Terry Brown is the man who introduced England’s indigenous fighting systems to modern audiences. It was Terry (who began his research in 1979) who coined the expression English martial arts, the name by which these fabulous fighting arts are now known throughout the world.
Martial arts schools (or scholes of fence) were known to have existed in England at least as early as the 12th century giving English martial arts a provenance of at least nine centuries. This means that English martial arts are actually older than many oriental martial arts being taught today.
From at least as early as the 1500’s English martial arts were controlled by a legally recognise company of maisters (masters) of defence which was the title given to martial arts masters in England. The ranks within English martial arts are scholler, free scholler, provost, maister. From scholler to provost (the first teaching rank) took a minimum seven years. From provost to maister took a further five years making a minimum of twelve years from beginner to master.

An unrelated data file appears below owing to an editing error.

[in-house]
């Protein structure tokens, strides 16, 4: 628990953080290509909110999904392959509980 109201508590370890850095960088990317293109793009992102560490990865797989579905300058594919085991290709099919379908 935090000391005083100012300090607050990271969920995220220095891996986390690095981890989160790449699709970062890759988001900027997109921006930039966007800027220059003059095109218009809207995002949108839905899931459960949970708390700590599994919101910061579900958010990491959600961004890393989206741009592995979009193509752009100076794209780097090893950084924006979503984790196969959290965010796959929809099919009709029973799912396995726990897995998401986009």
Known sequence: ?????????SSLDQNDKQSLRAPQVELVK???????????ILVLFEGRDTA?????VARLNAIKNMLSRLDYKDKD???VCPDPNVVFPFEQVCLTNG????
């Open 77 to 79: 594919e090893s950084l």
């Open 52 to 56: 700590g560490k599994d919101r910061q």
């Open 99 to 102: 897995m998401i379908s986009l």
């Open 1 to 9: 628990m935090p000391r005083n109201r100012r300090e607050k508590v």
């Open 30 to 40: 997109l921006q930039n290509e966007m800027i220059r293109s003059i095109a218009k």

English martial arts encompass the use of a huge variety of weapons, for example, halbard, forest bill, black bill, battle-axe, tipstaff, shortstaff (quarterstaff), longstaff, threshalls (corn flails), spear, pitchfork, backsword, broadsword, sword & dagger, sword & buckler, sword & target, bastard sword, two-hand sword, falchion, seax, single cudgel, double cudgels. To which must be added barefist boxing and wrestling at which the English also excelled.